On Wednesday, Russian company Sovcomflot (SCF) held a naming ceremony for its new icebreaking supply vessel built by the Arctech Helsinki Shipbuilding yard.
The contract for the construction of four supply vessels for Sovcomflot was signed with United Shipbuilding Corporation, and the actual construction work was to be performed by its branch Arctech Helsinki Shipyard.
The company named its new vessel after the great Russian naval commander Admiral Fyodor Ushakov, who has never suffered a single defeat throughout his entire military career and played one of the crucial roles in the foundation of the port of Sevastopol.
The vessels of this series are exclusively built for work in the challenging icy conditions of the Okhotsk Sea. The company said the design and equipment of the vessel made it possible to carry out all-season work on the Sakhalin-2 project. The new icebreaker can also be used as an emergency response vessel.
President of the United Shipbuilding Corporation Alexey Rakhmanov, deputy CEO and chief engineer of Sovcomflot Igor Tonkovidov, and head of Sakhalin Energy’s offshore facilities production department Paul Eykhaut have attended the vessel naming ceremony. The ceremony has also been attended by representatives of the Admiral Ushakov Maritime State University (AUMSU). Tatyana Timchenko, Vice-Rector of Admiral Ushakov Maritime State University is the vessel’s godmother.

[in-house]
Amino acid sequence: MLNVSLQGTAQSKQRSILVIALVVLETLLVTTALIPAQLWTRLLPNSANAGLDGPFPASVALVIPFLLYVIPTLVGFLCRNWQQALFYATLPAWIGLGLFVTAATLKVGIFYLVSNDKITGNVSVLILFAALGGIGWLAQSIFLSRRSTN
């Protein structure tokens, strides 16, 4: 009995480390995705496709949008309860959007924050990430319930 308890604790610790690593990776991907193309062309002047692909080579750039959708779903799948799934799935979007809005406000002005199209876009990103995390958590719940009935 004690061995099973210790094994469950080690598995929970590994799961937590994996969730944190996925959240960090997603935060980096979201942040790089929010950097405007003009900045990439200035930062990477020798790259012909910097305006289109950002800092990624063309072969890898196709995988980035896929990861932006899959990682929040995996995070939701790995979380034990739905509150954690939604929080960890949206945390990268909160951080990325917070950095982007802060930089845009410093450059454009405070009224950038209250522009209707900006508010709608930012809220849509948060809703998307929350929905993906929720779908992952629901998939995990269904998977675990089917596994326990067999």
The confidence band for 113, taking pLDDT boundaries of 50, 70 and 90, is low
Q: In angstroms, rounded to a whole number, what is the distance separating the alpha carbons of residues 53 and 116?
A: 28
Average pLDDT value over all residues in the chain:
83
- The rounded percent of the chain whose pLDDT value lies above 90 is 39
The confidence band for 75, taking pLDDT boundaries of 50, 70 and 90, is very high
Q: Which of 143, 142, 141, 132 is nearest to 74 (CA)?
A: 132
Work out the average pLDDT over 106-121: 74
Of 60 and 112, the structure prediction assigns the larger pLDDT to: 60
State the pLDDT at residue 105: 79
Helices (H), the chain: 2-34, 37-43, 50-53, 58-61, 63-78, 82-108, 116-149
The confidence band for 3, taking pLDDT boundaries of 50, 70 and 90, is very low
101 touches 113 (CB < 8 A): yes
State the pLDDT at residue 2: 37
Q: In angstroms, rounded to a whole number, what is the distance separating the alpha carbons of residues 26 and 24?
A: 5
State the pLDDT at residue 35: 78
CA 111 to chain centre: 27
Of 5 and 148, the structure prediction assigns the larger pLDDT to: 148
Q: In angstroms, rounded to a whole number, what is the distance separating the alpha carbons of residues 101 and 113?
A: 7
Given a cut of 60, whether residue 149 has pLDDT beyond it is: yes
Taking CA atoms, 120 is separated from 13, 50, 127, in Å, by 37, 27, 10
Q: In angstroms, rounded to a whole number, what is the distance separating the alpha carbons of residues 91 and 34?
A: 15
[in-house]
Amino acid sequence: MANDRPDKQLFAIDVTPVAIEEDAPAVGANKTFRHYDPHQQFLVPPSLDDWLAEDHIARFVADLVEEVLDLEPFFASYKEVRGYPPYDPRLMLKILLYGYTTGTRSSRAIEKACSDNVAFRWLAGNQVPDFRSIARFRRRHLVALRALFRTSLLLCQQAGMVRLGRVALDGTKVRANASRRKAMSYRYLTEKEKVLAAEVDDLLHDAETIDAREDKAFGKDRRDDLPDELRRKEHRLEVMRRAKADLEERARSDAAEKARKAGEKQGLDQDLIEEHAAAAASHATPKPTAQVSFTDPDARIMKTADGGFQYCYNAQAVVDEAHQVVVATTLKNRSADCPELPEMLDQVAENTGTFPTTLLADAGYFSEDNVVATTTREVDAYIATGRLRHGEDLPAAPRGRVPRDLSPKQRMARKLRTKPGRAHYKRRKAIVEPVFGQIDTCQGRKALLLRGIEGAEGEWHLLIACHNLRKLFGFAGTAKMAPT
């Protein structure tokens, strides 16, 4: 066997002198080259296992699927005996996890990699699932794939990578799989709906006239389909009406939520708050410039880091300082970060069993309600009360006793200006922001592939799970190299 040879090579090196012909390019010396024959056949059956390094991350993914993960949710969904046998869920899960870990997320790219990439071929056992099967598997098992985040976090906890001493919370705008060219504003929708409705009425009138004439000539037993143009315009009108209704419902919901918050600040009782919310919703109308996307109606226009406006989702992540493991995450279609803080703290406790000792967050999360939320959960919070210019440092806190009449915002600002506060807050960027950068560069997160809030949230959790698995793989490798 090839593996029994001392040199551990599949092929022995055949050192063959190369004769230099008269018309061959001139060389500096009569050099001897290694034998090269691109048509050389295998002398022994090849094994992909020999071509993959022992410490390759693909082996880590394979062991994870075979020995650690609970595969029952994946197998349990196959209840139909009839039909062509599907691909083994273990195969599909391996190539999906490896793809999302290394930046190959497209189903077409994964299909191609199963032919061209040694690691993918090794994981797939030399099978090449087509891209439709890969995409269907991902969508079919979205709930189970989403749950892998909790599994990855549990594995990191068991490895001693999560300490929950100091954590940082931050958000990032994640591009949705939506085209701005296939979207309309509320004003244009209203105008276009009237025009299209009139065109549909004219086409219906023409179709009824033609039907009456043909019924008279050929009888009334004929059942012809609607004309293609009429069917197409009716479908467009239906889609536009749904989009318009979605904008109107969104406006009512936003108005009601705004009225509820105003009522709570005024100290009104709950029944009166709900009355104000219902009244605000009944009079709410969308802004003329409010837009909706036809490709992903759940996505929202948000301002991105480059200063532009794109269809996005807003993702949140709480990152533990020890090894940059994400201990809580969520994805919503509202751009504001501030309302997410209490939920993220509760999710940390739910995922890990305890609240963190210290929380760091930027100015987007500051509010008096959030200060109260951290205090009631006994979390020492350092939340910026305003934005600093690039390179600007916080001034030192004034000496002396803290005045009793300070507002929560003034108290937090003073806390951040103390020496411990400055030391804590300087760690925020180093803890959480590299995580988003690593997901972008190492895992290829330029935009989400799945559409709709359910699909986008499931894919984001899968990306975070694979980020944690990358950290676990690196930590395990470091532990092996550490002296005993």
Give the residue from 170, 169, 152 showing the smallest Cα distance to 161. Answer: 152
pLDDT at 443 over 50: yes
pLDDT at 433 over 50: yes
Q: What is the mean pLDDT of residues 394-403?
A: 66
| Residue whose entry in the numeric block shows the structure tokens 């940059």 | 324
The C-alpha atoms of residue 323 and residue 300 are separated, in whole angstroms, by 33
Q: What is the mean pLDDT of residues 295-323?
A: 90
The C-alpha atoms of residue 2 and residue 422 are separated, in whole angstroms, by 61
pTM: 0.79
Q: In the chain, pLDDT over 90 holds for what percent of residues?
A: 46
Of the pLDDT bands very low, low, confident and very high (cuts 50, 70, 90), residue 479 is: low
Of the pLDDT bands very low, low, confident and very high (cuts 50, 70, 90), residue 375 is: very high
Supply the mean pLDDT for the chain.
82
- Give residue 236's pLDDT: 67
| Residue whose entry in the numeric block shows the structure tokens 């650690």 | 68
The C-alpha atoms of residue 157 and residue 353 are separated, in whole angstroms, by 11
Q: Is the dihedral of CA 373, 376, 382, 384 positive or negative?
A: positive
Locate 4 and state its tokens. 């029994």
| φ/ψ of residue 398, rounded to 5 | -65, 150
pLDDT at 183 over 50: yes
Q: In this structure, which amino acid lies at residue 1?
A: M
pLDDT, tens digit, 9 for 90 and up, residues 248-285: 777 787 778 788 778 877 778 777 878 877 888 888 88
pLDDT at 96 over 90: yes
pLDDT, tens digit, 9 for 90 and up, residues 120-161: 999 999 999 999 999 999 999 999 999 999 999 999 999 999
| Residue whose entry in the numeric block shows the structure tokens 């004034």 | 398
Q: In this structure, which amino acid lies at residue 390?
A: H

The vessel is the 3rd in the range of 4 icebreaker supply vessels commissioned by Sovcomflot under a long-term contract with Sakhalin Energy. Two of the above vessels have already been put into operation, the Stepan Makarov in the summer of 2017 and Gennadiy Nevelskoy earlier in the spring of 2017.
The vessel Fedor Ushakov is going to be registered in Saint Petersburg and work under the Russian flag. It is going to have a crew of 28 personnel.
Alexey Rakhmanov mentioned that the Fedor Ushakov was a continuation of the United Shipbuilding Corporation cooperation with SCF and of the glorious traditions of Russian shipbuilding at the same time. He was confident that the ship would be in demand during the Sakhalin-2 project, given the enormous scope of the work on that project. At present, Sovcomflot operates 10 vessels working at the Sakhalin-2 project, 3 of which are oil tankers, 2 are liquified natural gas carriers, and 5 are icebreaking standby and supply vessels.
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